A regular part of my work involves supporting people who display behaviours that challenge. What may appear to be tiny alterations in routine can be upsetting if you have a learning disability or autism and may cause what seems like an extreme response.

Head-banging, spitting or biting could be triggered by something as simple as changing the time of morning coffee time or what someone eats for lunch. Anyone working with people with learning disabilities will know only too well the negative impact of challenging behaviours on quality of life. It can lead to self-injury, isolation and the over-use of medication or restraint.

Causes

There are many reasons why people respond in a way that puts themselves or others in danger. Feelings of exclusion or frustration can be factors as well as their sensory environment such as bright lighting or excessive noise. Pain can also be a cause - a person with autism may not be able to communicate that they are in physical distress, or understand how to process what they are feeling.

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* See also: Soothing sensory disorders

At Turning Point we use positive behaviour support (PBS) to help individuals reduce their need to communicate through such behaviours. PBS is used elsewhere. The difference here though is we use the framework alongside a person-centred outlook based on their specific needs such as mental health and sensory processing.

Tailored approach

Instead of a one-size-fits-all approach, we look at each individual’s goals and behaviours. This involves interacting with the person concerned in a way that is appropriate for them.

We also include other professionals involved in their support, as well as family members, in drawing up a bespoke support plan that includes for example ways of managing the person’s stress and anxiety. By ensuring we understand their challenging behaviour, why they behave that way and what they are communicating, we can then bring about positive solutions.

A total of 27 people have been referred internally to our Specialist Community Outreach team for PBS since January 2017. Our approach is already proving successful. The number of incidents involving one individual we support dropped from more than 25 a month to less than five in the space of three months.

A number of others with behaviours that challenge have been able to move from secure settings such as hospitals into their own homes. With PBS, they are being helped to live meaningful and relatively independent lives in the community.

Another crucial benefit of person-centred PBS is that it offers an alternative to medication. Up to 35,000 adults with a learning disability or autism (or both) in England are taking medicines daily which are designed to alter mood and behaviour despite there being no clinical justification, according to Public Health England.

STOMP

Turning Point has signed up to the STOMP (stopping over medication of people with a learning disability, autism, or both) campaign which is seeking to end this practice. If more services used approaches like person-centred PBS more widely, then this could become a reality.

We have used the STOMP initiative alongside PBS to reduce the use of psychotropic drugs. Medicating the people we support has always been a last resort, but PBS has enabled us to manage behaviour in some individuals so that drugs are not used at all.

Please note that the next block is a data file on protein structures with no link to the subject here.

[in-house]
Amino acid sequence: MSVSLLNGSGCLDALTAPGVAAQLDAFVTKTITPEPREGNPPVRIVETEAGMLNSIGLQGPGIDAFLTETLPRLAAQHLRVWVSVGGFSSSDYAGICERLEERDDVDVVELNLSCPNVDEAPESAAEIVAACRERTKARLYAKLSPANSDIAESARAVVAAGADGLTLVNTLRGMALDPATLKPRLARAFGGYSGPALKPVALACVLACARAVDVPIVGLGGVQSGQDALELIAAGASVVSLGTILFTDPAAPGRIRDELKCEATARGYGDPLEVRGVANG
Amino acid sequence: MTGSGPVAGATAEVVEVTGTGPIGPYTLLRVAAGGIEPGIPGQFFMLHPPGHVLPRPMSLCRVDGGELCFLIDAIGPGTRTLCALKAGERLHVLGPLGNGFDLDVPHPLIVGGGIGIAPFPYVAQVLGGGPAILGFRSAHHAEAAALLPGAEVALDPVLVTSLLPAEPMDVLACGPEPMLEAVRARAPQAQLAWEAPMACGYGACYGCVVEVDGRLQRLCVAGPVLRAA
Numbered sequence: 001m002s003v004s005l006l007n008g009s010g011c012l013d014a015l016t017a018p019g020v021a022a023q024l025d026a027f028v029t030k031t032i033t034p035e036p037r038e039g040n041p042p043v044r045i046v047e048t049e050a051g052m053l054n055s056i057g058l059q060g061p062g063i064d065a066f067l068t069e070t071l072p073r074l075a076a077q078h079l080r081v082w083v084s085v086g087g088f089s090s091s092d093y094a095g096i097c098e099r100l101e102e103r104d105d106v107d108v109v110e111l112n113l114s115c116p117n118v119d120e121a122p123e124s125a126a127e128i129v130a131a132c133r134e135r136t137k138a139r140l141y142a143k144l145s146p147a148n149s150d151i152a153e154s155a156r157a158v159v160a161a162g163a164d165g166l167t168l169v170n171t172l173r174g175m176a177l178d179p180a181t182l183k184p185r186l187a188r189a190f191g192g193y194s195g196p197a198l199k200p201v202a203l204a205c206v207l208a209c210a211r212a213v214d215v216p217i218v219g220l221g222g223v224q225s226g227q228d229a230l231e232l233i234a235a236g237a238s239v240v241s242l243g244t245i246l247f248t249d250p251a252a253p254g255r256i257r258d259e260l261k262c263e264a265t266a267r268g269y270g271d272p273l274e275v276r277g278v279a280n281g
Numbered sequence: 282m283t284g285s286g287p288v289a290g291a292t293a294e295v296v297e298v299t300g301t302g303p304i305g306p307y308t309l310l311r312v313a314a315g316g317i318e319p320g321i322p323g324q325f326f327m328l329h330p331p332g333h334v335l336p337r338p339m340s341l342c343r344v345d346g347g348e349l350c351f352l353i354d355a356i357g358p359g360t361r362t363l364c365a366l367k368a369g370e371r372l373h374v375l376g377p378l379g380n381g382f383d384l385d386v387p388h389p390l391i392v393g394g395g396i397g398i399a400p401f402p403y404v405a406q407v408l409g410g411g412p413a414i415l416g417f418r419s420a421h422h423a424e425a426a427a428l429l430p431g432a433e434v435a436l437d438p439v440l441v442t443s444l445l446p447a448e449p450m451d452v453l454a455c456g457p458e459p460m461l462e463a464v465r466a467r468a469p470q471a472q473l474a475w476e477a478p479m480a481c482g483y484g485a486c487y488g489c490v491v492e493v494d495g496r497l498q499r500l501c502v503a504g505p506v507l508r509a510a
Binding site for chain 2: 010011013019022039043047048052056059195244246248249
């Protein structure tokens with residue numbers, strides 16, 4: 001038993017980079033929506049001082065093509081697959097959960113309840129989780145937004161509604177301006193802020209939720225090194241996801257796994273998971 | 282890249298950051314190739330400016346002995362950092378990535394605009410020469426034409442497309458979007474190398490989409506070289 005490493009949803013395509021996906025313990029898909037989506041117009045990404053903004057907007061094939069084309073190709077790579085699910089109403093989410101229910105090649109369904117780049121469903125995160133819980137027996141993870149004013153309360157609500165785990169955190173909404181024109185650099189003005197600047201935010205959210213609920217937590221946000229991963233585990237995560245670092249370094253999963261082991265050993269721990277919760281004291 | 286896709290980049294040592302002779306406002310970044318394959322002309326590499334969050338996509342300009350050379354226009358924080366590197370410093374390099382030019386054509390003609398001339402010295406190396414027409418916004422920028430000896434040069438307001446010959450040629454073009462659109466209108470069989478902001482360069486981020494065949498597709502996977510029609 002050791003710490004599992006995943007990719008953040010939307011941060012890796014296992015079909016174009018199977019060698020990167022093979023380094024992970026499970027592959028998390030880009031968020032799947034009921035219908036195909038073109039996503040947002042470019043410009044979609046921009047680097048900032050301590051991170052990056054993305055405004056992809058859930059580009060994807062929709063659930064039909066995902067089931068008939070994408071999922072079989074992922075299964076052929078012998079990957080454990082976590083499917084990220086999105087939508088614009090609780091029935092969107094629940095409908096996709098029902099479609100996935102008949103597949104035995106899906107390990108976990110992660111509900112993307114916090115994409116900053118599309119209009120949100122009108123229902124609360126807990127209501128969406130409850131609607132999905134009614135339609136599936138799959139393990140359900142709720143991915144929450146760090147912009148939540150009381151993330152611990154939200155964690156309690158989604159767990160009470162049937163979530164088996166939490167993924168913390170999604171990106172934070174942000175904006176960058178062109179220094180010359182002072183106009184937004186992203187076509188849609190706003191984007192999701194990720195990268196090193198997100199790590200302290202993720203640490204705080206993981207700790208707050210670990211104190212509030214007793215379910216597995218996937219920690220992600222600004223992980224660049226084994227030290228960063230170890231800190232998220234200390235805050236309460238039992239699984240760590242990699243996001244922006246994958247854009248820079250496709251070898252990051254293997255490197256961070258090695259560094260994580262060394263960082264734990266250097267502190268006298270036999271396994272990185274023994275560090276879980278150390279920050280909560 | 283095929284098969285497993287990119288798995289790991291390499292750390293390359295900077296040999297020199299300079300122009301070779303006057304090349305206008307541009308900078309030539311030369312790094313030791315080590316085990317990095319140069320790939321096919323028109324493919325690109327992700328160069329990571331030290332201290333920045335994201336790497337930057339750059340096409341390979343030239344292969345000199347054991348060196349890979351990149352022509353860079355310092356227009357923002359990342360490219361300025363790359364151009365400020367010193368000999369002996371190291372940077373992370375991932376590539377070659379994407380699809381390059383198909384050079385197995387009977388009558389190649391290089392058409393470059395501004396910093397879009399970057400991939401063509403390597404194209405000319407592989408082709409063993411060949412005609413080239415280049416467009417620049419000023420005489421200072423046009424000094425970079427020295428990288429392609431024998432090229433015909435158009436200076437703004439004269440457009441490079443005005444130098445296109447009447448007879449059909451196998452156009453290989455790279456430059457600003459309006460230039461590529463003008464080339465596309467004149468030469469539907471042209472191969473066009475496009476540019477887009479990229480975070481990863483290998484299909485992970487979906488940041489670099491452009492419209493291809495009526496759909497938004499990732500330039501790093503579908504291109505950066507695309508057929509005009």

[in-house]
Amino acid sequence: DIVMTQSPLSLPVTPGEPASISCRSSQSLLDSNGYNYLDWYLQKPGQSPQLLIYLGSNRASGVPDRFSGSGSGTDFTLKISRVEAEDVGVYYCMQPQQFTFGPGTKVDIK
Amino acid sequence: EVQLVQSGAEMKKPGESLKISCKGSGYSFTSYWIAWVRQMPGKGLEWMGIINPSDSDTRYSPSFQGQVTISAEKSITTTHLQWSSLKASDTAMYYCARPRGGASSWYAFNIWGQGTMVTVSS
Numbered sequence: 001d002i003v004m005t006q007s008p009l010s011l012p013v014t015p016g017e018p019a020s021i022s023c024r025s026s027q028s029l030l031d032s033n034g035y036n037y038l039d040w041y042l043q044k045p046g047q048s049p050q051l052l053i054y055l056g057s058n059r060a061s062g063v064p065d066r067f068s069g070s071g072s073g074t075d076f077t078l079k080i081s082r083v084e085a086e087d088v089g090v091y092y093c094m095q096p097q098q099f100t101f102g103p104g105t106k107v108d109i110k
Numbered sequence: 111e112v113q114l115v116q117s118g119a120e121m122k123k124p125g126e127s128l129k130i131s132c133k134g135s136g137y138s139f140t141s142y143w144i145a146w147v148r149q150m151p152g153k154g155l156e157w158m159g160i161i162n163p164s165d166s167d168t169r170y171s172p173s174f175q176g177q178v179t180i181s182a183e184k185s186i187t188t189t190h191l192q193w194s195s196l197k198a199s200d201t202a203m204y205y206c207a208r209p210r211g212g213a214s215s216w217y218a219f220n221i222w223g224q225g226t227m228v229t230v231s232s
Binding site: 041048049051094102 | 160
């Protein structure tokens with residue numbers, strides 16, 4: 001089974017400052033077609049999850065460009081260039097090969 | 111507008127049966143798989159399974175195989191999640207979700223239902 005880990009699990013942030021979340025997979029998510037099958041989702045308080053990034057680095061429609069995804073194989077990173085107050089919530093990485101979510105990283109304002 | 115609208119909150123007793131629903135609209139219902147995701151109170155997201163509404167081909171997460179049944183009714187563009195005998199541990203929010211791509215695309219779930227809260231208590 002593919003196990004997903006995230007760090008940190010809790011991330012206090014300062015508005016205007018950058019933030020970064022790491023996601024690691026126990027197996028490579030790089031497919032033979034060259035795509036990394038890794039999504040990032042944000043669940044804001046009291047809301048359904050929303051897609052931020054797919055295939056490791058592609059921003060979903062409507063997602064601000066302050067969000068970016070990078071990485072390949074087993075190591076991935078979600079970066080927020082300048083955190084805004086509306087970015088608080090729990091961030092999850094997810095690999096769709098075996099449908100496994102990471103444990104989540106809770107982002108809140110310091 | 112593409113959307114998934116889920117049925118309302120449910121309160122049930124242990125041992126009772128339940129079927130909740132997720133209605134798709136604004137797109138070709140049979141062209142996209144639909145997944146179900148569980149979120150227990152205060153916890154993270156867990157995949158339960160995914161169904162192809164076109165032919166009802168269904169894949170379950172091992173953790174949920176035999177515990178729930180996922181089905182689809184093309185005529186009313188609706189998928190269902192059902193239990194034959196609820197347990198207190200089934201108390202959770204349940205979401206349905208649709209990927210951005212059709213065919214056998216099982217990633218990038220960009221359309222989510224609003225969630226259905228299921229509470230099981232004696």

For example, we had one person Ben (not his real name) who was distressed because of a change in his living arrangements. His quality of life was suffering because his challenging behaviour was affecting his ability to take part in everyday activities.

Ben had been with another care provider where overly restrictive restraint holds and medication were used during incidents. These were stopped in a planned way, and a physical intervention training model accredited by the British Institute of Learning Disabilities (BILD) was introduced as an alternative. This method of managing Ben's behaviour included training staff in how to de-escalate incidents such as how to avoid being grabbed and hit instead of physically restraining him.

The first step was to do an initial assessment by meeting with Ben and his support team. The focus was on issues such as his likes and dislikes, his communication needs and what we hoped to achieve together with Ben. This assessment provided us with valuable data on the incidents involving challenging behaviour that were occurring.

Before we started supporting Ben in March last year, he was regularly given medication. After a planned reduction programme, the drug was not used at all in February this year for the first time. This has resulted from approaches to support Ben proactively when he is anxious such as staff playing calming music to him, giving him a foot massage or encouraging him to take a soothing shower. Raising awareness among managers and support staff about the impact of psychotropic medication and how PBS can provide an alternative has also been vital.

What is crucial around the successful use of PBS is that staff are trained and supported to implement it properly. Dealing with behaviours that challenge can be demanding for staff. A high employee turnover is often the result because the right support and training is not in place.

Our specialist community outreach team ensure they provide the necessary tools for staff, with back up from colleagues in learning and development and input from those involved in risk and assurance. The focus for staff is to use practices that are least restrictive, agreed by all and that have been clearly outlined in a support plan.

Social care practice is ever-changing, and so are the needs of the people we support. That is why an approach like PBS helps me and my colleagues do our best for the people we support, enabling them to lead independent and fulfilling lives.

Sarah Taie is Positive Behaviour Support Lead at Turning Point.